Munggarawuy Yunupingu (circa 1907-1979) Untitled (Hunting Story)
Lot 24
Munggarawuy Yunupingu (circa 1907-1979) Untitled (Hunting Story)
Sold for AU$ 9,760 (US$ 9,123) inc. premium
Auction Details
Lot Details
Munggarawuy Yunupingu (circa 1907-1979)
Untitled (Hunting Story)
natural earth pigments on eucalyptus bark
86 x 44cm


    Painted in North-East Arnhem Land circa 1950
    The Barratt-Brown Collection, New York
    Sotheby's, Important Aboriginal Art, Melbourne, 29 June 1998, lot 10
    Private collection

    Cf. For several related paintings by the artist painted in 1948 see Charles P. Mountford, Records of the American-Australian Scientific Expedition to Arnhem Land, vol 1: Art, Myth and Symbolism, Melbourne: Melbourne University Press, 1956, pp.267-388.

    Munggarawuy Yunupingu was the leader of the Gumatj clan of the Yolgnu people in north-east Arnhem Land. He was father of the respected politician and chairman of the Northern Lands Council Galarrwuy Yunupingu and Mandawuy Yunupingu, lead singer and founder of the band Yothu Yindi.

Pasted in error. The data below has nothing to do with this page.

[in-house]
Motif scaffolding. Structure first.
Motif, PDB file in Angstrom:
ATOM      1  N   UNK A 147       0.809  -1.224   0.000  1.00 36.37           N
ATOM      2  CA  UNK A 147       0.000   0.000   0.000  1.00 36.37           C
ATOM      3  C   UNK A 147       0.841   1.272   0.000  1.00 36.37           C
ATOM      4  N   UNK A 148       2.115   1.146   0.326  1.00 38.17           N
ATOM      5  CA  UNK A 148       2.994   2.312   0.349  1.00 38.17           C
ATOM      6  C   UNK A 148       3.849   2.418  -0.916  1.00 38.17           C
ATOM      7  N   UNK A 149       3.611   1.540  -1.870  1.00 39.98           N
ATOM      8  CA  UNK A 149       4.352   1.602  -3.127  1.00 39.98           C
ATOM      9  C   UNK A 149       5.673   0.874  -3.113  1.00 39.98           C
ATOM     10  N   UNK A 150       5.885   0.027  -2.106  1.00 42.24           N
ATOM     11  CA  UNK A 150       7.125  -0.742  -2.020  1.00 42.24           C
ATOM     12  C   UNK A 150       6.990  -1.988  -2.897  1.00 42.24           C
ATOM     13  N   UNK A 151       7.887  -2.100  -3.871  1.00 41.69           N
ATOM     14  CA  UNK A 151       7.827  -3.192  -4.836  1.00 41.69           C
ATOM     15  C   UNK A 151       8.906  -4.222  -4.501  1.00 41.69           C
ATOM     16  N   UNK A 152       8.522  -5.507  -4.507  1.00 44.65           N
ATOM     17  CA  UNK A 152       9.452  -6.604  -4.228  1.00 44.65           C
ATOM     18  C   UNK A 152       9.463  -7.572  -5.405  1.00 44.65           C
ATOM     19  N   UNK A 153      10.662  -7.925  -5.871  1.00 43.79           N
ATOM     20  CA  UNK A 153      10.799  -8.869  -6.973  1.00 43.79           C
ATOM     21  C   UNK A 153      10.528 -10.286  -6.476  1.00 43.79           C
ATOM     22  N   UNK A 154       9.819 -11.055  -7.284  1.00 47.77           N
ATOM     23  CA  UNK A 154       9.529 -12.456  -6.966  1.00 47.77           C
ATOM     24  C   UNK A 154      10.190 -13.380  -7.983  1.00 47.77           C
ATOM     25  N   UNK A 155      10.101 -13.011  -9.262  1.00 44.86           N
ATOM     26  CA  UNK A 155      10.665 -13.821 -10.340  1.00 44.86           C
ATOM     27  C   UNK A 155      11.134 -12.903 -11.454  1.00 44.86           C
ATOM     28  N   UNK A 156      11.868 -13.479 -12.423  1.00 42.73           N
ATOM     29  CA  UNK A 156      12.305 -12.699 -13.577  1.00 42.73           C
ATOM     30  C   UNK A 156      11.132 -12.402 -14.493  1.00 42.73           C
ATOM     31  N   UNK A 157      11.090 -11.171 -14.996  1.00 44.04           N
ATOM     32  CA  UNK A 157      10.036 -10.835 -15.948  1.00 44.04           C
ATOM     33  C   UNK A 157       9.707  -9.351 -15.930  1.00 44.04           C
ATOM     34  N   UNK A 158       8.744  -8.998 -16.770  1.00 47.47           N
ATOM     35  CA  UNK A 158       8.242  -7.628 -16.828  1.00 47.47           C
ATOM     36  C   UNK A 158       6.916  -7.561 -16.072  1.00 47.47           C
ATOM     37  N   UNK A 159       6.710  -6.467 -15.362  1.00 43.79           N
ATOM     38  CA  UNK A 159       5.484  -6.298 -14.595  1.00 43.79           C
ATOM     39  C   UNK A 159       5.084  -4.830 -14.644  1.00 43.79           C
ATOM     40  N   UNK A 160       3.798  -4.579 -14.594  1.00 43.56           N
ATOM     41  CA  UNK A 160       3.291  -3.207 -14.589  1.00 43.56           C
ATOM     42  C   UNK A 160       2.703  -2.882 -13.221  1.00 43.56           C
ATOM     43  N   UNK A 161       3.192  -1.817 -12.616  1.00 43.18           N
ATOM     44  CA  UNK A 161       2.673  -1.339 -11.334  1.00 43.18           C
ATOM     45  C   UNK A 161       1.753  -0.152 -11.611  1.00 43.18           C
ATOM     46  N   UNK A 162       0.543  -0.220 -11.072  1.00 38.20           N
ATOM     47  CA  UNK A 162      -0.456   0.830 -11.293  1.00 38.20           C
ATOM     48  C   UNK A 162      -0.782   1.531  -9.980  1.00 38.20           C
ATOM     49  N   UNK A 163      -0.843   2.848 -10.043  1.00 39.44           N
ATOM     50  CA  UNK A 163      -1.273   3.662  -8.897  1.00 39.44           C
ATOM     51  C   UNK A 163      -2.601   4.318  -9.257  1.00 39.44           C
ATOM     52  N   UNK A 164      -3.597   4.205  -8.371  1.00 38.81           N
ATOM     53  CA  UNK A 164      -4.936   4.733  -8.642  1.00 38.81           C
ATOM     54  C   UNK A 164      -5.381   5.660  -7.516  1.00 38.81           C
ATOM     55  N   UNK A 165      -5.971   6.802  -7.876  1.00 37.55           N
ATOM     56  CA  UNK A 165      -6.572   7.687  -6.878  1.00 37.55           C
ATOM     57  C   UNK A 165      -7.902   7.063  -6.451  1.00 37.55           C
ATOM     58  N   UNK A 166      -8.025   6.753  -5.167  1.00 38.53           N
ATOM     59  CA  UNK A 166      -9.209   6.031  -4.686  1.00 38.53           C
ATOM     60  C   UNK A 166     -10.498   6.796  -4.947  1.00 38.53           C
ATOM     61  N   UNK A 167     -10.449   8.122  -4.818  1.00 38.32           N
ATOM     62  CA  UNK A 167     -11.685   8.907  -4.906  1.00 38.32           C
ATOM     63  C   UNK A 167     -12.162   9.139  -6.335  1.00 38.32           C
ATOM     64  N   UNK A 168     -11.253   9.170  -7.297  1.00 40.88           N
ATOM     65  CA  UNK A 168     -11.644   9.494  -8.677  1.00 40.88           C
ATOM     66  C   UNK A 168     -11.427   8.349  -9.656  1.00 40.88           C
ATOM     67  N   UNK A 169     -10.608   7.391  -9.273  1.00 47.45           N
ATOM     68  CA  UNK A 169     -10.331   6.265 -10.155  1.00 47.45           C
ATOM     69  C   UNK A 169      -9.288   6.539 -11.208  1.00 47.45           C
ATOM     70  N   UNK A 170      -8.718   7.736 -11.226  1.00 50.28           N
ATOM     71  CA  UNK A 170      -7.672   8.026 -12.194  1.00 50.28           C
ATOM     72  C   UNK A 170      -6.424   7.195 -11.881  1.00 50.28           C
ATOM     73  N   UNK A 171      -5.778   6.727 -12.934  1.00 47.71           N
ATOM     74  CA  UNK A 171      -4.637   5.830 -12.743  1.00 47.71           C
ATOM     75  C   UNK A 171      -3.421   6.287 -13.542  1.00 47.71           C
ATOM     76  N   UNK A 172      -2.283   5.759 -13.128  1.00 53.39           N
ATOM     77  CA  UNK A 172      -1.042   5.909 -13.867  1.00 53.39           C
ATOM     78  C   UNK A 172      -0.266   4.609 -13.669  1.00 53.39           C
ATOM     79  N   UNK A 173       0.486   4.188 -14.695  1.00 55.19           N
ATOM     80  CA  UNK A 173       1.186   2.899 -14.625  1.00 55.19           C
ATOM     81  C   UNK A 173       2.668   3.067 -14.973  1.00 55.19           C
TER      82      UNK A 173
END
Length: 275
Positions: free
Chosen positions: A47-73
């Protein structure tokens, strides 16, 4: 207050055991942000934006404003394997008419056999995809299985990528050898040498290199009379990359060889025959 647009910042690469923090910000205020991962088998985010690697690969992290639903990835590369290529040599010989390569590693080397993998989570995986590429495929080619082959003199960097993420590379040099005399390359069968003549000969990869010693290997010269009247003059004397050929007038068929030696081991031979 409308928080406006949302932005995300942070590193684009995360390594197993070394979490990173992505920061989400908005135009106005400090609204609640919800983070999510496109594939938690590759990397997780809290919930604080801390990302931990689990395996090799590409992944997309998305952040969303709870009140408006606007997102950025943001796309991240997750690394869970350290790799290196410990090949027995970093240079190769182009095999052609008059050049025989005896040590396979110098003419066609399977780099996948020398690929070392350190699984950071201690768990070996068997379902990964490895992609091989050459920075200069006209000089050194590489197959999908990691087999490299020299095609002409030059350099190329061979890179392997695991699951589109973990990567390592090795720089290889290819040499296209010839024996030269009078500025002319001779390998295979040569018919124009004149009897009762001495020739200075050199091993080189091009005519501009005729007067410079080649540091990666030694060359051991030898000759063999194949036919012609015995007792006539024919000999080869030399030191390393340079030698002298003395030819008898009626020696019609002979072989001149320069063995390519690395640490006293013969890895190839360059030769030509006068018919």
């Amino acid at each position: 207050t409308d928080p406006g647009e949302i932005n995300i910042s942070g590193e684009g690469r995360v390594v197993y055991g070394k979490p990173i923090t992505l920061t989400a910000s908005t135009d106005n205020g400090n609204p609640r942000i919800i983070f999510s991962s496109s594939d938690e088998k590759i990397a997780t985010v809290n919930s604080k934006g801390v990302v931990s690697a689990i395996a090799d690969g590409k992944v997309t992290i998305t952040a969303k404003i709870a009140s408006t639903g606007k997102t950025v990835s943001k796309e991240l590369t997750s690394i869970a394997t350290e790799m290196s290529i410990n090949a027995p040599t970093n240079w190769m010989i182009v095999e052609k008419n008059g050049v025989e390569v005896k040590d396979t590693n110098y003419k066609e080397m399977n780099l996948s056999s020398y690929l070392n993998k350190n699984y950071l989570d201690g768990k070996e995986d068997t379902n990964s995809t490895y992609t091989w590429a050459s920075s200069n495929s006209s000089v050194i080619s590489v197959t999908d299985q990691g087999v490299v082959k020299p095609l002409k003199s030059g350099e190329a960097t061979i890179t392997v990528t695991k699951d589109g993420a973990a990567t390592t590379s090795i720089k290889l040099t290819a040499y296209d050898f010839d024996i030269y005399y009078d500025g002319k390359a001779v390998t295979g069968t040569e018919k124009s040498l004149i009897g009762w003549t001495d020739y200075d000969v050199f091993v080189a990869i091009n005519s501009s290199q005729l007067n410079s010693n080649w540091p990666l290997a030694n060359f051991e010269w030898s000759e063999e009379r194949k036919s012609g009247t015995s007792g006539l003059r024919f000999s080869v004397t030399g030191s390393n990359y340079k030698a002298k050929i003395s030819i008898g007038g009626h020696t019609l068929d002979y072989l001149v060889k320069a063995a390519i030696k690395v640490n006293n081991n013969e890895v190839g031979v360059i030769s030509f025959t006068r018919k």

Howard Morphy, in his entry dedicated to the Yunupingu family within the Oxford Companion to Aboriginal Art and Culture notes that the artist was 'One of the leaders in their [the Yolgnu] fight for land rights, when tenure of their land was threatened by mining interests in the 1960s and 1970s, and was a contributor to the Yirrkala bark petition. Munggarawuy was one of the first artists to produce bark paintings for sale to the missionary Wilbur Chaseling in 1935, and later contributed to Dr. Stuart Scougall's collection at the Art Gallery of New South Wales. He helped to develop the episodic narrative of paintings characteristic of Yolgnu art from the 1960s to the 1980s and was one of the Yirritja moiety who contributed to the Yirrkala Church Panels' (S. Kleinert and M. Neal (eds.), The Oxford Companion to Aboriginal Art and Culture, Melbourne: Oxford University Press, 2000, p.744).

    This painting is unusually large for this early period. While this work does not have any documentation, it is thought to represent an ancestral hunter surrounded by a plethora of fauna, bird and sea-life from the region. Most unusually in the upper register there appears to be a painting within a painting, a smaller version of the larger picture.
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